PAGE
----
14.         These hearings and the ensuing work will enable the Commission to file a first report on the issues set out at clauses A & B of its Terms of Reference i.e. questions as to possible foreign interference and information flow relating to the 2019 and 2021 elections.  

15.         The Governor-in-Council has extended the deadline for the filing of this first report from February 29, 2024, to May 3, 2024, at the request of the Commission. The reason for this is that the Commission will need time, after the NSC Hearings, to render the classified information it has received publicly disclosable so it can be presented at the public hearings in March 2024.

16.         This process is long, complex, and resource-intensive, but it is essential, as the Commission wishes to maximize the transparency of its work and is committed to holding a public process before delivering its first report.

17.         Once the first report has been submitted, the Commission will focus its efforts on Stage 2 of its mandate (the “Policy Phase”), which means that, in accordance with clause (a)(i)(C) of the Terms of Reference, it will examine and assess the capacity of relevant federal departments, agencies, institutional structures and governance processes to permit the Government of Canada to detect, deter and counter any form of foreign interference directly or indirectly targeting Canada’s democratic processes. The Commission is assembling its Research Council and is in the process of identifying experts who will assist in this aspect of its work.  Further details regarding the Policy Phase will be provided at a later date.

18.         The second stage will give rise to a second report containing the Commission’s analysis, conclusions, and recommendations, which must be submitted by December 31, 2024.


19.         Over the next few months, the Commission intends to put in place a process that will enable anyone who wishes to communicate with the Commission on issues relating to its mandate to provide observations, suggestions, and share relevant experiences. This will be a user-friendly process, and those who choose to submit information will be able to request that their identity and certain information they provide be protected.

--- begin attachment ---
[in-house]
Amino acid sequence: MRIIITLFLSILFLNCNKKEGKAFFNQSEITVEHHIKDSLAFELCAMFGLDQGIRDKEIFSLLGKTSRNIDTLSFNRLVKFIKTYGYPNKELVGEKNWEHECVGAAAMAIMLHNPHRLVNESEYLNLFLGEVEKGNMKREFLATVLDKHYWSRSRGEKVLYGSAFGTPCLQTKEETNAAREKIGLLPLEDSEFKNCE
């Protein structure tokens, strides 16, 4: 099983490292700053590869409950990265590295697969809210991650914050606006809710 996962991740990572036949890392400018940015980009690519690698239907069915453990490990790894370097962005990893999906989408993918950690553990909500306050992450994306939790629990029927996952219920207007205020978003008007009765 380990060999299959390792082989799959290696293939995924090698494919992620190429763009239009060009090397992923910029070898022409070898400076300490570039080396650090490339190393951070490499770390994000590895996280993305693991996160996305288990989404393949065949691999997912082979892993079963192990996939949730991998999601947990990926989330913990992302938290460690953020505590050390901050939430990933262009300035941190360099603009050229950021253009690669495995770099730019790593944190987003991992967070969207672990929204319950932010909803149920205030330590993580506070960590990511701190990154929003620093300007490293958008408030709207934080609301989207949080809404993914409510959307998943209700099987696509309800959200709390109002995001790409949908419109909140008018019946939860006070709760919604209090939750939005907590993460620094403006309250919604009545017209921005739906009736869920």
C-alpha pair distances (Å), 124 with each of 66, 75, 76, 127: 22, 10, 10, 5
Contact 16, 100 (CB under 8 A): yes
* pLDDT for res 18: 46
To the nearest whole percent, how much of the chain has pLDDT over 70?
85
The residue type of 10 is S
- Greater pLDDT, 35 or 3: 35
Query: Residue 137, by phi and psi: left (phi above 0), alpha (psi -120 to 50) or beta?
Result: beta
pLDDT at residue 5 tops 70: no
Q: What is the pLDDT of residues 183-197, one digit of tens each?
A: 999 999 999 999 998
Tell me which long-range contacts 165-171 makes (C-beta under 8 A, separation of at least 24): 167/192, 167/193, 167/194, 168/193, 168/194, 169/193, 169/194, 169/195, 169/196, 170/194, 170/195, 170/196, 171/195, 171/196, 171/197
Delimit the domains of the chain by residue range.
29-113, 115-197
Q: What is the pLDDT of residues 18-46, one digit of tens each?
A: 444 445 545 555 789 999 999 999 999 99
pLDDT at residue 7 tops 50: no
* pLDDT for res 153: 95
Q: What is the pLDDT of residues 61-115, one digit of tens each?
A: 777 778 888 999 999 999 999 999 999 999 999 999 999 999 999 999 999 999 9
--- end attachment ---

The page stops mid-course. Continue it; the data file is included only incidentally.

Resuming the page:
20.         The Commission understands that some individuals may fear reprisals if they testify or provide information to the Commission. Accordingly, the Commission’s Rules of Practice and Procedure include numerous measures to protect the safety and security of individuals who provide information to it. For instance, persons producing documents have the opportunity to redact irrelevant personal information before their documents are disclosed to any Parties, Participants, or the public (rule 26). In addition, witnesses who wish special arrangements to be made for the presentation of their testimony may submit a request for accommodation (rule 51). If necessary, the Commission may even decide to hear evidence in private, meaning that only the Commissioner, Commission counsel and an official stenographer may be present when the evidence is given (rules 82 to 84). This last measure is exceptional, but one that the Commission chose to include in its procedures so that it is available if necessary to protect those providing information to the Commission.

21.         The Commission has also created an e-mail address – [email protected] – that can be used to transmit information in confidence. The Commission itself has put in place strict internal measures to ensure that any information provided through this email address will be kept confidential.

22.         The Commission invites the public to consult its website frequently, as it intends to report regularly on the progress of its work.

SOURCE Foreign Interference Commission


PR Newswire World News

World Reviewer Staff
World Reviewer Staff
The first logical thought has to be "no way". I'm the World Observer! Ill find and share important news all day.

Latest articles

Earnings Disclosure

WeeklyReviewer earns primarily through affiliates and ads. We don’t encourage anyone to click on ads for any other purpose but your own. We recommend products and services often for our readers, and through many we will earn commissions through affiliate programs.

Related articles